establishing, at an entity relationship model and based at least on the comparison, a relationship of the particular relationship type between the entity that is referenced by the first portion of text that is characterized as the question and the entity that is referenced by the second portion of text that is characterized as the answer to the question.
16. A non-transitory computer-readable storage device storing software comprising instructions executable by one or more computers which, upon such execution, cause the one or more computers to perform operations comprising:
obtaining a resource;
identifying (i) a first portion of text of the resource that is characterized as a question, and (ii) a second portion of text of the resource that is characterized as an answer to the question;
identifying, (i) an entity that is referenced by the first portion of text that is characterized as the question, and (ii) an entity that is referenced by the second portion of text that is characterized as the answer to the question;
determining, by a machine learned classifier, one or more candidate relationship types that are referenced by the first portion of text that is characterized as the question and the second portion of text that is characterized as the answer to the question, wherein each of the one or more candidate relationship types is associated with a respective probability, determined by the machine learned classifier, of the candidate relationship type being a proper relationship type between the entity that is referenced by the first portion of text that is characterized as the question and the entity that is referenced by the second portion of text that is characterized as the answer to the question;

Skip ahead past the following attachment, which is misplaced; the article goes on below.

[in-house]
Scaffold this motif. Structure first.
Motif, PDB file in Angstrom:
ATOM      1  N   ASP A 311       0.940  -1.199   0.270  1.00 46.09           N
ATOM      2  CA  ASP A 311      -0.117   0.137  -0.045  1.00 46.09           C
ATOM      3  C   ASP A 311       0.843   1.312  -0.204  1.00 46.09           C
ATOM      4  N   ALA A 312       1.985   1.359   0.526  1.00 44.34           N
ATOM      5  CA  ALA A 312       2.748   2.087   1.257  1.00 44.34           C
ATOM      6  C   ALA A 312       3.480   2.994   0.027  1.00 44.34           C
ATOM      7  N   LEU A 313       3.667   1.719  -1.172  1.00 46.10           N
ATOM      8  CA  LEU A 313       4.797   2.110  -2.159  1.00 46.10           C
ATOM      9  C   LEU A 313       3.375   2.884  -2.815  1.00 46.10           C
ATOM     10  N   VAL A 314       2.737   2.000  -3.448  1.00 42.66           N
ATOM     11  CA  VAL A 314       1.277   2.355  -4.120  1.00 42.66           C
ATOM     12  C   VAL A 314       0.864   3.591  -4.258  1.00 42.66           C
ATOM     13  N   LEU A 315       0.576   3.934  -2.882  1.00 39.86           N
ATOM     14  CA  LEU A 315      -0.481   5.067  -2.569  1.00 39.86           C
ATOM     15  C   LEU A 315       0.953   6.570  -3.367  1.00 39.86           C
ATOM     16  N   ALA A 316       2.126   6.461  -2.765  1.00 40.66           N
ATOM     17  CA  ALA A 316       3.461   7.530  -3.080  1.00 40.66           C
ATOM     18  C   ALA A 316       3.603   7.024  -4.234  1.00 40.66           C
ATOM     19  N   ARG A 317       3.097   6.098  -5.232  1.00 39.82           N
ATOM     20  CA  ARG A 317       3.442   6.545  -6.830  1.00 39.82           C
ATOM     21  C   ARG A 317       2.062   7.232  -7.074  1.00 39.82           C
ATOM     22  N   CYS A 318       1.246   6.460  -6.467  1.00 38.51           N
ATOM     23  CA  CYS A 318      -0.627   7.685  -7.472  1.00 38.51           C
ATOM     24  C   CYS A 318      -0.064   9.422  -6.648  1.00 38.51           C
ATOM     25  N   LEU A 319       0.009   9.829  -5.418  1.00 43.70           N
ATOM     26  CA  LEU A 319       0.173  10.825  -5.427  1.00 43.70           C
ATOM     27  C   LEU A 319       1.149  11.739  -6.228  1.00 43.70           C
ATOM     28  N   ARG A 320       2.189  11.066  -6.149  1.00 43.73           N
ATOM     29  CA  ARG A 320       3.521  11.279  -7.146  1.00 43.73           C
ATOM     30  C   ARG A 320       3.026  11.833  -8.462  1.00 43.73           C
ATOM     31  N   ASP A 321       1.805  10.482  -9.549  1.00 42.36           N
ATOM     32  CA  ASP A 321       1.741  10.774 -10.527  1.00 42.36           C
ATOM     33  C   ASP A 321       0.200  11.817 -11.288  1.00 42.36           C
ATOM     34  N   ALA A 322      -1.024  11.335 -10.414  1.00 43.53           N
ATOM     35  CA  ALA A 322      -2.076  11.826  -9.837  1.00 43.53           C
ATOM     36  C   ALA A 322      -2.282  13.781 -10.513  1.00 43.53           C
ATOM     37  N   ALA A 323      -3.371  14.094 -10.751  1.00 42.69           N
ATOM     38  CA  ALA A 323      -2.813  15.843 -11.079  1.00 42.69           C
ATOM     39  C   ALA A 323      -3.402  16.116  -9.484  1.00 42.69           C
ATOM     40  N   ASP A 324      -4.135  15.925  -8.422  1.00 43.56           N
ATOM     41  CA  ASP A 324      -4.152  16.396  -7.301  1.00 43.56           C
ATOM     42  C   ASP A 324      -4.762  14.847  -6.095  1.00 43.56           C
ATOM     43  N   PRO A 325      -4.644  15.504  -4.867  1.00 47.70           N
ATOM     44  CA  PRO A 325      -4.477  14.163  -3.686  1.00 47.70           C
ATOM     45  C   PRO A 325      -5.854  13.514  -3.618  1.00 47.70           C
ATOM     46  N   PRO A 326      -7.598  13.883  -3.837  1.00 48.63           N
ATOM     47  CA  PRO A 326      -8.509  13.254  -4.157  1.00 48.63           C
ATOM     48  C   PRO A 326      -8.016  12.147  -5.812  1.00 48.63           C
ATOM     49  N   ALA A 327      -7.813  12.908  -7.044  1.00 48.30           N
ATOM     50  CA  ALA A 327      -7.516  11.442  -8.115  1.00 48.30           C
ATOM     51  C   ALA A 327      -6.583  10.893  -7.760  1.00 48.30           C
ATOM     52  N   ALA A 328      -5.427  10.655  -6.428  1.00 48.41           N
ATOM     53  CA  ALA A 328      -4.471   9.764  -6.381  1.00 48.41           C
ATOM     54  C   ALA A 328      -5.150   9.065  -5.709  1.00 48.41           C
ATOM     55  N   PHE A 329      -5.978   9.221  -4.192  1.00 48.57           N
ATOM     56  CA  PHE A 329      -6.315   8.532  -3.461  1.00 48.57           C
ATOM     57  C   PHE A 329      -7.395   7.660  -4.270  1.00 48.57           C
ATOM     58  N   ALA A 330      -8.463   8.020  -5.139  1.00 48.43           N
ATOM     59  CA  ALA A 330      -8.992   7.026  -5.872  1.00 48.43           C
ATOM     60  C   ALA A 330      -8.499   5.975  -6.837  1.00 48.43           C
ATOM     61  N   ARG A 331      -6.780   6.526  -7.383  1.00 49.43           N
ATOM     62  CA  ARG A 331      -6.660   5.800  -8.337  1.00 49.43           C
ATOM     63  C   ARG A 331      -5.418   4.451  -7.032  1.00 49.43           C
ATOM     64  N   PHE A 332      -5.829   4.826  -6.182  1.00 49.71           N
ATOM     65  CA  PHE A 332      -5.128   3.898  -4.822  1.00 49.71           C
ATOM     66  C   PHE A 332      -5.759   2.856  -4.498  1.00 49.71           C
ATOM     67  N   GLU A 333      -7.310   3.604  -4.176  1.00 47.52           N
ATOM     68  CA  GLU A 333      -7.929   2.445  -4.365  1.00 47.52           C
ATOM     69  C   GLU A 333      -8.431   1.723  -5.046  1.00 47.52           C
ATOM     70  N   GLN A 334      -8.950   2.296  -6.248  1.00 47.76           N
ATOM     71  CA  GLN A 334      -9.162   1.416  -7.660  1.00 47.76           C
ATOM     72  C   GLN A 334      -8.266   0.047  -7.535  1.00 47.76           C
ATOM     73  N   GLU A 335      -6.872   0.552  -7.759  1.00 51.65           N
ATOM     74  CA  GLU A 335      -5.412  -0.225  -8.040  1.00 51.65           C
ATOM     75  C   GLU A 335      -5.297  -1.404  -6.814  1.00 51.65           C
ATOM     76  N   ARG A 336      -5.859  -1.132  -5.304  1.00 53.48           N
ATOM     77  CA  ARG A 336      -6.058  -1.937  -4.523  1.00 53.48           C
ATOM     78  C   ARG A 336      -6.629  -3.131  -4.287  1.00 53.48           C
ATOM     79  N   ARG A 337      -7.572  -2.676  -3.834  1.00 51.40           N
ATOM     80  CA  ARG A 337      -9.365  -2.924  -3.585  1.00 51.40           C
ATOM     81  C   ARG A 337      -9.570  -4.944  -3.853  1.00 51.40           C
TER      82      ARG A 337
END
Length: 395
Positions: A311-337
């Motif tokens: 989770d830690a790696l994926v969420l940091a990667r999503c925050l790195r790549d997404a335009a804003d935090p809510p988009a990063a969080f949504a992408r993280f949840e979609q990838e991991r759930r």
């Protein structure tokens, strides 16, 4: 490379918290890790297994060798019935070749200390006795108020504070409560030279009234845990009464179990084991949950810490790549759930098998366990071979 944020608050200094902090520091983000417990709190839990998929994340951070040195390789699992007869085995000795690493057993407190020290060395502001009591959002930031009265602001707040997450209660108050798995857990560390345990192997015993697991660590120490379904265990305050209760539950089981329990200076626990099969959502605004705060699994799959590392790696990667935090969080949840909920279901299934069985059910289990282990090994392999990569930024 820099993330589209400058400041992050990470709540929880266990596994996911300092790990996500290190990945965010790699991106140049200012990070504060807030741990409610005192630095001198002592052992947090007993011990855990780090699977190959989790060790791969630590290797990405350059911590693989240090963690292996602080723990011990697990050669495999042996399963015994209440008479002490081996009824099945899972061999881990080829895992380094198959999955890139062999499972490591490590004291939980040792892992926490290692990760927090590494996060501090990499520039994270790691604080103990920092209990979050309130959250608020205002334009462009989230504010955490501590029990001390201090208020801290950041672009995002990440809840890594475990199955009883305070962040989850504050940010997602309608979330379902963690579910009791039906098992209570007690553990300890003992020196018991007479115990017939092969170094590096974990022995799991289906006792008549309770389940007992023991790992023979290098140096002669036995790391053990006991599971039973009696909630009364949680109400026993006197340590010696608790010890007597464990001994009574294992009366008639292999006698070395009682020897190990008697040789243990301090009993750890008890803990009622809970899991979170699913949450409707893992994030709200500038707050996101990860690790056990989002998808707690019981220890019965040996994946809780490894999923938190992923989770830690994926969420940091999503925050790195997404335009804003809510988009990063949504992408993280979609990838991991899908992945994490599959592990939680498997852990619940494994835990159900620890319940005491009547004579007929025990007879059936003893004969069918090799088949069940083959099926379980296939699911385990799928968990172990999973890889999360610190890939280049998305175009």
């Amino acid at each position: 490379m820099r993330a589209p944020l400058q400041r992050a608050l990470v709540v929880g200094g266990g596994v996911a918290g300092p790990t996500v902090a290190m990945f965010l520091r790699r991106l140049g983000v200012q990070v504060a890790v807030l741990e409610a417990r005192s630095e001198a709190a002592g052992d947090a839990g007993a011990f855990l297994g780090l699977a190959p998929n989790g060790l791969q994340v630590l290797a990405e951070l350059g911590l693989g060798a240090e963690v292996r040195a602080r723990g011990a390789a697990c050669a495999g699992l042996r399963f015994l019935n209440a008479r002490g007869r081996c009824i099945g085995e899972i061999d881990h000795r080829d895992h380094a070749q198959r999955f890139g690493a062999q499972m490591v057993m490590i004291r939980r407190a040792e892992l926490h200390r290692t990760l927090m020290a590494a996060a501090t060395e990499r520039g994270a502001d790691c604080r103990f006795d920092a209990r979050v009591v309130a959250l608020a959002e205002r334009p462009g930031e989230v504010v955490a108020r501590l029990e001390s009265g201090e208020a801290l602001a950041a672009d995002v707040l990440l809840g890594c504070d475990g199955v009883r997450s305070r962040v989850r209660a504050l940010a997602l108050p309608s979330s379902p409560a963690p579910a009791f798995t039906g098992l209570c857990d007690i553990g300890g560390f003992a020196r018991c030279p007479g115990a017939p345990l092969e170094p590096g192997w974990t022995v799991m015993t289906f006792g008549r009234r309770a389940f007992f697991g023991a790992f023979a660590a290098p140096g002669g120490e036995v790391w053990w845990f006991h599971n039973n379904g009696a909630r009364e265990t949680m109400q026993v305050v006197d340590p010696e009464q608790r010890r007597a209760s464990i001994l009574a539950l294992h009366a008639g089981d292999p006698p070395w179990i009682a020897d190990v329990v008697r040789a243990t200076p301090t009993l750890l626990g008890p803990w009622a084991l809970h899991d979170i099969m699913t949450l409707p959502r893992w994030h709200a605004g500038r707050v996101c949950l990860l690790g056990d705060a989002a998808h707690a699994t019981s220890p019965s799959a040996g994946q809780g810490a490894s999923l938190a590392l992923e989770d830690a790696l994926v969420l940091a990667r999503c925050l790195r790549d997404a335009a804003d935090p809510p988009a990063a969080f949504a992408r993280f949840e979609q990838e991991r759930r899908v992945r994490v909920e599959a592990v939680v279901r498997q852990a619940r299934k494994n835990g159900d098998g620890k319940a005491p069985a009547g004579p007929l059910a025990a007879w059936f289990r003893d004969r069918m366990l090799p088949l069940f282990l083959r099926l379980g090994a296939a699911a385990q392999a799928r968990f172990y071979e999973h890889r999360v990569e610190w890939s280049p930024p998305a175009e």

selecting a particular relationship type from among the one or more candidate relationship types based at least on the one or more probabilities; and
adjusting a score associated with a relationship of the particular relationship type for the entity that is referenced by the first portion of text that is characterized as the question and the entity that is referenced by the second portion of text that is characterized as the answer to the question.
17. The computer-readable storage device of claim 16, wherein the resource is a question and answer (Q&A) website resource.